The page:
It Was a Jungle Out There

The buyers of a historic – but wildly overgrown – home on Vineyard Haven harbor discover a waterfront garden waiting to take root, expand, and grow.

The realtor said, “You’ve got to see this one. You’ll love it!” We’d heard that several times during the previous weeks. Driving down the long, narrow driveway in Vineyard Haven, we barely noticed a garage and small outbuilding to the left. It was what we saw through the porch on the right side of the old house – the blue skies and white sails skimming the blue waters of Vineyard Sound – that caught our attention. This time he was right. It was love at first sight! On the day that we first viewed the house and property twenty years ago, we did not give a thought as to what lay between house and view. During the first summer we concentrated on furnishing the house, built in the 1820s, and that was enough for the year.

But when we arrived in early June of the second summer and took a serious look at the property, we discovered we had three potential gardens on the landscape. All were in need of rehabilitation. A friend who is a serious gardener suggested old-fashioned plants from the time when the house was built; another suggested plants native to the Island. We thought about all of this as we went to work. The garden that would occupy our attention for the first year was the one between the house and beach. Picture a long, narrow tract of land sloping gently toward the harbor, completely overgrown. Imagine a tunnel through this growth – a tunnel of trumpet vine, forsythia, and honeysuckle overlaid with grape, and finally, in season, a frosting of white autumn clematis.
We began to face choices and make decisions. I’d like to say that I created a garden on graph paper, filling in the small squares with plants according to height, color, texture, and blooming time, as the gardening manuals advise. I intended to. But I did not. The garden began to change and grow without a master plan.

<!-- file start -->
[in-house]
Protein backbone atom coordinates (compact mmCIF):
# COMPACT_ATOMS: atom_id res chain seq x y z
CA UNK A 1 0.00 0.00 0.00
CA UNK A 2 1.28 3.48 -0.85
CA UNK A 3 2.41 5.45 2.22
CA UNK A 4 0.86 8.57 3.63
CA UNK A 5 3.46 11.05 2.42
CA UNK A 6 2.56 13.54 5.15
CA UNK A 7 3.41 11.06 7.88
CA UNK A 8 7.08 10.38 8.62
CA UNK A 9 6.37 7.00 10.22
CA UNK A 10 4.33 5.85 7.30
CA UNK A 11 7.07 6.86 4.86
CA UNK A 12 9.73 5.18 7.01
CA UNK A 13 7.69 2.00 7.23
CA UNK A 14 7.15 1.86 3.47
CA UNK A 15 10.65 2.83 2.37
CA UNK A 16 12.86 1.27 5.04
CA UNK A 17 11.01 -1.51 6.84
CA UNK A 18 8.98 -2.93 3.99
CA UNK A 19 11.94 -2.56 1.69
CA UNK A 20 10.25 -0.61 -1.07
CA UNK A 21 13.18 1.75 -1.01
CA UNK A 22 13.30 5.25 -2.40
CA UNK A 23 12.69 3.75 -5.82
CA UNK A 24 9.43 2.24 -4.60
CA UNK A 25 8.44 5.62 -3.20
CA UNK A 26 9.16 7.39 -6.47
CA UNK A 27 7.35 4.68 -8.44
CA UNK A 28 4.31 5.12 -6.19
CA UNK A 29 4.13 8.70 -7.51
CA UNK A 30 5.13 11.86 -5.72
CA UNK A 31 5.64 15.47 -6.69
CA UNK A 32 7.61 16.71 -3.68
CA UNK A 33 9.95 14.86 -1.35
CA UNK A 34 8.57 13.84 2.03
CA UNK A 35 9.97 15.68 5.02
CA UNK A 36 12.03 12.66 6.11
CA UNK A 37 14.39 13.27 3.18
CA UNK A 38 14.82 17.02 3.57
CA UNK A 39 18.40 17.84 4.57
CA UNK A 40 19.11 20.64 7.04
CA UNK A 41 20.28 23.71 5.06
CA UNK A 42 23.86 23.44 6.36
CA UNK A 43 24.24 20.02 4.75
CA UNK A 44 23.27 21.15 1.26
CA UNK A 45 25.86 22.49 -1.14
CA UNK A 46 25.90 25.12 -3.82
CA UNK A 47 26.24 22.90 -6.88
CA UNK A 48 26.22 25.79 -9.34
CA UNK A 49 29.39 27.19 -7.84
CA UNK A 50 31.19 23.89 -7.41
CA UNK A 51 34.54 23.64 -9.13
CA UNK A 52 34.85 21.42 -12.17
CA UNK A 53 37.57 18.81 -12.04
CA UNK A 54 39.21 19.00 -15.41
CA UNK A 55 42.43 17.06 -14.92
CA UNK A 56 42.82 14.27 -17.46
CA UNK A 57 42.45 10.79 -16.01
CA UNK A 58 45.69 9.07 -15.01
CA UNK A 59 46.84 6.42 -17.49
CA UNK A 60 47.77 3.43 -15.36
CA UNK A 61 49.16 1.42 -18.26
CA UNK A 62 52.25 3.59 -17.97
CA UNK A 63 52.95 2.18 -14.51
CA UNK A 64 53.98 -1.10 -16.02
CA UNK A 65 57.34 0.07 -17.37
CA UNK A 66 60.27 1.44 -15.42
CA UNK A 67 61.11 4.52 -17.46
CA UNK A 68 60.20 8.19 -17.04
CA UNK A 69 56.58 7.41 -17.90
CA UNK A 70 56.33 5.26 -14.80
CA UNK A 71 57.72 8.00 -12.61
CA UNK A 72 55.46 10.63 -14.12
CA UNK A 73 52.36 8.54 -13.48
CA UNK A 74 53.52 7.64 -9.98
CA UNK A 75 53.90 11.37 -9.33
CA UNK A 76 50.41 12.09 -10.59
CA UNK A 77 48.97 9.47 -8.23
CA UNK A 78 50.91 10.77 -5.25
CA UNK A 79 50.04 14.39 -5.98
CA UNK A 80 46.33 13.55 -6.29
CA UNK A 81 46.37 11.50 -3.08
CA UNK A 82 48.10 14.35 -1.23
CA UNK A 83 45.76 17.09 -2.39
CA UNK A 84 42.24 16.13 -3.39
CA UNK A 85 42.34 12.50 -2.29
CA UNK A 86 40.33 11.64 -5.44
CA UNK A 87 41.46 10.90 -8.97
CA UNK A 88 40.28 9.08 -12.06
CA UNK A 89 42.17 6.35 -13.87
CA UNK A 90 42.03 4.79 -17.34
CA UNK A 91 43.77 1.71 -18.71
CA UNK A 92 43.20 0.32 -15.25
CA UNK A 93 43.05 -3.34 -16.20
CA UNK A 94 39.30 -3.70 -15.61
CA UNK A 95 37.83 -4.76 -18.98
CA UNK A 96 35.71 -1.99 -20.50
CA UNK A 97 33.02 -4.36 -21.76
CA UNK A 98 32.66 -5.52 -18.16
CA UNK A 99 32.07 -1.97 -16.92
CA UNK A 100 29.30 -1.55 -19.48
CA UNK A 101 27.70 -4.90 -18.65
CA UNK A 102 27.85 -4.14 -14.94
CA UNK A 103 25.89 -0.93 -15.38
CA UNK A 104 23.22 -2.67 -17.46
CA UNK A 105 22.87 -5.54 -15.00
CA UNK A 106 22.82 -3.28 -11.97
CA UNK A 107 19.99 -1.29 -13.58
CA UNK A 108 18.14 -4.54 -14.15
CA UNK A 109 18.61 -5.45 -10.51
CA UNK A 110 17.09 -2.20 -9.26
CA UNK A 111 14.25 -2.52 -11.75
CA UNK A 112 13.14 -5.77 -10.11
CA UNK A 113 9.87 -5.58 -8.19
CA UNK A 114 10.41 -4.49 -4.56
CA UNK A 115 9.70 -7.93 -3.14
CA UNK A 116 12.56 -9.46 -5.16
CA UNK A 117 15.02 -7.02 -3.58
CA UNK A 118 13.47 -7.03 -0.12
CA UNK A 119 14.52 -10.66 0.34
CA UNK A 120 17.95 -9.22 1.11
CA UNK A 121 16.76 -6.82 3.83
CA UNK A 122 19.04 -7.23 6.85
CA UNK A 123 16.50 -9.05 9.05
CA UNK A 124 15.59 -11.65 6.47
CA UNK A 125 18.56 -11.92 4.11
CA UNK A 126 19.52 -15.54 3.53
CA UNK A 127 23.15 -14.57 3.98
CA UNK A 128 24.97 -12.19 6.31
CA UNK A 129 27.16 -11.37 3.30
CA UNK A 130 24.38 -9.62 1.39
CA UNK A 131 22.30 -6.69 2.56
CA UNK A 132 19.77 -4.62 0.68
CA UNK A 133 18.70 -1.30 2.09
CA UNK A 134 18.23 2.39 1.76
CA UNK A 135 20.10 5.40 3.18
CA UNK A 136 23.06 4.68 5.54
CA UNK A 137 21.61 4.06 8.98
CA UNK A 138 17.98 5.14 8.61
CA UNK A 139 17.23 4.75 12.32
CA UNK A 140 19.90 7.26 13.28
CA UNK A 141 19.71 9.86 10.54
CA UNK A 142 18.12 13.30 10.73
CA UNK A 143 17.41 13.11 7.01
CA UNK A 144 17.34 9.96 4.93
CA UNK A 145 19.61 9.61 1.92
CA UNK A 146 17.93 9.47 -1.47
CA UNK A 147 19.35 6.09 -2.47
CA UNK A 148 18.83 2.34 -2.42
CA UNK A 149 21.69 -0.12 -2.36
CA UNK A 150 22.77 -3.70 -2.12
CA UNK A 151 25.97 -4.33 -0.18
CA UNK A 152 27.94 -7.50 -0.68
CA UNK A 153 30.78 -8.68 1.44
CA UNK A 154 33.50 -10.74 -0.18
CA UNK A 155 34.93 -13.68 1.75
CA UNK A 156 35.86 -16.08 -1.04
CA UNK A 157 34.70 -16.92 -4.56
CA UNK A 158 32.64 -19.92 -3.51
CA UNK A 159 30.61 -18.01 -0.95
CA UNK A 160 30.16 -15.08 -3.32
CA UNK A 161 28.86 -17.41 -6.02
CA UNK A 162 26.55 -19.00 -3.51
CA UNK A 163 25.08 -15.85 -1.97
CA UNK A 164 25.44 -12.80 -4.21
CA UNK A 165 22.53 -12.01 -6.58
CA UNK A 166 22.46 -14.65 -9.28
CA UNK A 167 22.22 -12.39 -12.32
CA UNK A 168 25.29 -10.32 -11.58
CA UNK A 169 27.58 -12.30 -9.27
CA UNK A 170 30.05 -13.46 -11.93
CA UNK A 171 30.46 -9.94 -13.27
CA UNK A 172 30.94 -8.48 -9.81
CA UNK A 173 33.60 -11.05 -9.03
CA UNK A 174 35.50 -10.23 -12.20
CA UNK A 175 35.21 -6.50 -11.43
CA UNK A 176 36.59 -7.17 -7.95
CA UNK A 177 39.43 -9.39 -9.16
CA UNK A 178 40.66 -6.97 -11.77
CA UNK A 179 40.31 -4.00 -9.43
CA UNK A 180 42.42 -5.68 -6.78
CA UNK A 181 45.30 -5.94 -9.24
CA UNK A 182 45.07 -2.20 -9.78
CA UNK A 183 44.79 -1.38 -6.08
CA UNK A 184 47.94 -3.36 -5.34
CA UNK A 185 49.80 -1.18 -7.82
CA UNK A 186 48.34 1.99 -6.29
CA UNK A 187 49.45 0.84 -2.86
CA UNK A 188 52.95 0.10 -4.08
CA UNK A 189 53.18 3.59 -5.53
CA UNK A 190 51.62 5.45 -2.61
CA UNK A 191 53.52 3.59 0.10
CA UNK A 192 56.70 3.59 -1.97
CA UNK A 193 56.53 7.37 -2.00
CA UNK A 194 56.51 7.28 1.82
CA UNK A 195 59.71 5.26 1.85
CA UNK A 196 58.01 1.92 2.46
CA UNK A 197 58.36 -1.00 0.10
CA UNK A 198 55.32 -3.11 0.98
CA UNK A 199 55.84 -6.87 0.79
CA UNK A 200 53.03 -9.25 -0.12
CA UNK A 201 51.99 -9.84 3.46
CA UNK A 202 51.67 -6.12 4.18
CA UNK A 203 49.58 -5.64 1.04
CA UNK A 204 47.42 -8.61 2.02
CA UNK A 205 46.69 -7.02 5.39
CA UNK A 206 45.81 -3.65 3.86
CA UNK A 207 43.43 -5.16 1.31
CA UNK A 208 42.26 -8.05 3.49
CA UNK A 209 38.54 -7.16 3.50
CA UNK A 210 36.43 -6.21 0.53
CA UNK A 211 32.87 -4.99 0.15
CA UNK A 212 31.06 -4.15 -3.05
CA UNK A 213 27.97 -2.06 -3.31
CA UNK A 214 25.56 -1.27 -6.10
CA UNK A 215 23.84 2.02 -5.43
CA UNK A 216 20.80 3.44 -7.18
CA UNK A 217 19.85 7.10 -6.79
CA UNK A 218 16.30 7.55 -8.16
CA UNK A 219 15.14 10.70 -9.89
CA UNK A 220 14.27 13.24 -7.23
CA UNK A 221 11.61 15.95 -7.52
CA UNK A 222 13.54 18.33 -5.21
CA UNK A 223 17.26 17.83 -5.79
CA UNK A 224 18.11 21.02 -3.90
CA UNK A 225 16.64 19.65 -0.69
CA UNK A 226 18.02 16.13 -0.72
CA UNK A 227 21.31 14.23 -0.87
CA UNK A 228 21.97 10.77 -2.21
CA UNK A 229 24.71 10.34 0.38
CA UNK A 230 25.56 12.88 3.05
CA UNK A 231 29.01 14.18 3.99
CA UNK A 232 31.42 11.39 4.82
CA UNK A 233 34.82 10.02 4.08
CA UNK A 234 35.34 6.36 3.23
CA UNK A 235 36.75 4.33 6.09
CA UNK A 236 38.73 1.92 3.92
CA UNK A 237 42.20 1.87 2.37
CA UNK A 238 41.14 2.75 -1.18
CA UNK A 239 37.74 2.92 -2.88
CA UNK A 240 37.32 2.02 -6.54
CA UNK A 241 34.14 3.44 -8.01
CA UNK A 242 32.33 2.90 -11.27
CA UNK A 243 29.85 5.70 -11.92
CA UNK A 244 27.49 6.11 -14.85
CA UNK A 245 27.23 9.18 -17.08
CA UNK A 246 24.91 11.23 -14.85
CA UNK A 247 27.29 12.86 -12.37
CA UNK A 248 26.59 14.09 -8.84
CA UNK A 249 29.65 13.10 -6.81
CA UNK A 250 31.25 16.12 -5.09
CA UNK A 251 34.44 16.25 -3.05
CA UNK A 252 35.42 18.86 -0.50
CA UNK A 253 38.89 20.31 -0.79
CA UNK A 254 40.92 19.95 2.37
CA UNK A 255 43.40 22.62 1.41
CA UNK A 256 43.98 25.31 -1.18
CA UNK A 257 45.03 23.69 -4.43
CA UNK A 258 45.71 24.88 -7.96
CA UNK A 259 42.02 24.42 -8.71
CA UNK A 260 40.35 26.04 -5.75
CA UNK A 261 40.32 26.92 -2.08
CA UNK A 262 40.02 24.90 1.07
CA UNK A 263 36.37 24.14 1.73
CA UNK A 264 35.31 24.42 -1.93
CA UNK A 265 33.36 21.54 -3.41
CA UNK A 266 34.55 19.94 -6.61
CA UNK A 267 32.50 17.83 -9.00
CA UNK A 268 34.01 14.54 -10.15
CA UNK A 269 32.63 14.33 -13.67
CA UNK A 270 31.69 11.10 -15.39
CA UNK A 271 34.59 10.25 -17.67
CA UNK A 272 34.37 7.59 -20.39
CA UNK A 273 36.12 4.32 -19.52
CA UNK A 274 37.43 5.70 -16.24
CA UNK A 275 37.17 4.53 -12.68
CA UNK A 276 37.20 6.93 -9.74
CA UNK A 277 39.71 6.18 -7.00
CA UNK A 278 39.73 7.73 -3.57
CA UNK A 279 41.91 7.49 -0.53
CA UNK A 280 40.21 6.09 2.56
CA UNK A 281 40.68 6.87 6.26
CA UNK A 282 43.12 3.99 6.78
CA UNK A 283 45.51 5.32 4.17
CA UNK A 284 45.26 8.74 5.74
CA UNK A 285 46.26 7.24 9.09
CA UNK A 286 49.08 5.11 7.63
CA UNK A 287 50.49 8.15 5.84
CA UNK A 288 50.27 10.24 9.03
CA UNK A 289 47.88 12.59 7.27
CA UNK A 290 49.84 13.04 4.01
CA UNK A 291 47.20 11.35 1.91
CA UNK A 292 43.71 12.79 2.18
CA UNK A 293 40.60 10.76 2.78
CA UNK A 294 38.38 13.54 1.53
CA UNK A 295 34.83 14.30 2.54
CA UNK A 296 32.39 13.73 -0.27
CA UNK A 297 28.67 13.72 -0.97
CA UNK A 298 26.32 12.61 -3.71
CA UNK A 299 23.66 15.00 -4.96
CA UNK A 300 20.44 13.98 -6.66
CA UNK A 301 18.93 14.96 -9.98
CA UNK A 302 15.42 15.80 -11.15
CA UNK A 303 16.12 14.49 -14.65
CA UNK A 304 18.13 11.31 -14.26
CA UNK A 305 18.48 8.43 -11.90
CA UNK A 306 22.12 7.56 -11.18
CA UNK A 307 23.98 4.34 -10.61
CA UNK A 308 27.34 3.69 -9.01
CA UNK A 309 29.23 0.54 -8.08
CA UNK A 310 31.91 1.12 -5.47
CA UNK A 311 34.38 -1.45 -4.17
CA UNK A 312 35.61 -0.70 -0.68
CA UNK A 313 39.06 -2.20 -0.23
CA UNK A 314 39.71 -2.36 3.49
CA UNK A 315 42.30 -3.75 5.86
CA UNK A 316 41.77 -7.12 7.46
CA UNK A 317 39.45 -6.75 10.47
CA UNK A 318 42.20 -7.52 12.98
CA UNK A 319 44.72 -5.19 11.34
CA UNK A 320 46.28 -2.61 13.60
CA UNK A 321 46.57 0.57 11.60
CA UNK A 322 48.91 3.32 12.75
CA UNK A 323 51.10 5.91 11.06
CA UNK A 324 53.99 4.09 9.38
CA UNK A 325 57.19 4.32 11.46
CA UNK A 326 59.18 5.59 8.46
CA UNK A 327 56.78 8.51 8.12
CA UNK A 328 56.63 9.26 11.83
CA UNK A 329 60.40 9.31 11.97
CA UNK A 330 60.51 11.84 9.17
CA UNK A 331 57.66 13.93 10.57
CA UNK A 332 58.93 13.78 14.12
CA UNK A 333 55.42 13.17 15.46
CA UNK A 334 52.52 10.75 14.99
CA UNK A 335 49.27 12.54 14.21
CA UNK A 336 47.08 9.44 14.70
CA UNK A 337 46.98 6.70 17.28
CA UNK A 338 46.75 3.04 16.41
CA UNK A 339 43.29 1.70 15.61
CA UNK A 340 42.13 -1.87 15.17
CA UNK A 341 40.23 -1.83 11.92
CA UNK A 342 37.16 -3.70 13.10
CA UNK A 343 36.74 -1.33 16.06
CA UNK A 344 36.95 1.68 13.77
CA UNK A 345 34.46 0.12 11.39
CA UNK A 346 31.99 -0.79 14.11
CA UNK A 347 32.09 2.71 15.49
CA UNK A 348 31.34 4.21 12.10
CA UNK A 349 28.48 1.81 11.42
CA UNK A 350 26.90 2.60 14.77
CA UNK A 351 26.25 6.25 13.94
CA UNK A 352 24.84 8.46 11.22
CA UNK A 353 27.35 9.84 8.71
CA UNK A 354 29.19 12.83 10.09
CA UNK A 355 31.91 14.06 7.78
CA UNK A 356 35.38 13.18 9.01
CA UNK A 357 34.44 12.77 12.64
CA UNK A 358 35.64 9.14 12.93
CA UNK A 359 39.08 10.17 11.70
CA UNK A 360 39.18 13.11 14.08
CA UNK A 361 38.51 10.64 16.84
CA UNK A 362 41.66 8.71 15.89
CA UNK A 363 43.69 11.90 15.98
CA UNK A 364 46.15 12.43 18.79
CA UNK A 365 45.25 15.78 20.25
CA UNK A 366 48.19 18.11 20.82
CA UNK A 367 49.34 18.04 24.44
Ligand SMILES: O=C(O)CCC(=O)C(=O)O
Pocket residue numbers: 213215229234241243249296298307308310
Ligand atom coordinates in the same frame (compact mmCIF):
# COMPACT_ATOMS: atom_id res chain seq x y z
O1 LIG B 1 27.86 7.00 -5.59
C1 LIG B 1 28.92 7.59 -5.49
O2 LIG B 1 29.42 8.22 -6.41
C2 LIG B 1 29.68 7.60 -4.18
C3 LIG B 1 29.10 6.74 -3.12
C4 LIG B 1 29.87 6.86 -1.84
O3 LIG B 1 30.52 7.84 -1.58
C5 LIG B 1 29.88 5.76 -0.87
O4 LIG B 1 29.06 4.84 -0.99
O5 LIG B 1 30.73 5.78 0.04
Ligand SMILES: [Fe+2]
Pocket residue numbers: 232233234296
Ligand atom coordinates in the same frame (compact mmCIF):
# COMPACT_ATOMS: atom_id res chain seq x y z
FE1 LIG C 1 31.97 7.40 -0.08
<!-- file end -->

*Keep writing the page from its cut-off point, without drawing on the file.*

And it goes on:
Beginning that summer we declared war on the trumpet vine, which had invaded the center of the property from both sides and created the tunnel. (Almost twenty years later, there are still battles as roots creep out into the lawn if we fail to cut them back severely.) As we fought and thinned and mastered the thicket – the north side of which borders Owen Park – we planted a row of arborvitae. At the bottom of the garden, we kept twenty feet or so of “jungle” for privacy from beach and park; as a bonus, the jungle acts as windscreen, protecting the plantings in front from northeast winds.

Digging and reclaiming what we thought should be ours, we discovered a small concrete block buried deep in what might have been a lawn years back. More digging farther down the slope, and the shovel hit concrete blocks about twelve inches apart. A path! It led down to a guesthouse that, we learned, had doubled as a boathouse. We knew that the house had been built by Thomas Harlock Smith, a whaleman. Sadly, we do not know anything about the subsequent owners, or the gardeners and what they may have originally planted. I imagined the ladies of the house tending the garden lovingly, their wide-brimmed hats protecting delicate faces from the bright sun of summer. (Never mind that this might not be historically accurate. I’d read novels and seen movies.)

As we dug up and dug out what we didn’t want, we could begin to put in what we did want. On the north side, we now had a narrow but defined bed approximately twelve feet wide and twenty feet long, sloping down toward a crescent-shaped planting area. Over the years we have filled the slender bed with tall buddleia, perennials such as phlox, cleome, nicotiana, and salvia to flower in the summer, and vitex and caryopteris to bloom in the early fall. This bed at the lowest part of the garden was the first home of a stewartia tree, supposed to bloom in summer. We hoped for stewartia branches laden with dainty white blossoms, and below this a variety of Oriental lilies, which would flower throughout the summer.

Five years later, lily beetles had destroyed that aspect of the picture – and the lilies as well. (A welcome wanderer – Queen Anne’s lace – has taken up residence instead.) The stewartia made its needs known by refusing to bloom. It was moved to a location along the top of the garden, between two newly planted lilacs, where it seems more content.

Along the south side we thinned out the overgrown vines and shrubs between our neighbor and us, but kept his grapevines on our side, since they produce a generous crop of Concord grapes. At the highest part of the garden on the south, a line of rusty-red smoke bush (cotinus) grows tall and wide to provide more privacy from our neighbor’s house. In front of the cotinus, there’s space for dahlias, and in some years self-seeding datura. Along the property line at the lower edge of the garden we put in four blue-princess holly bushes.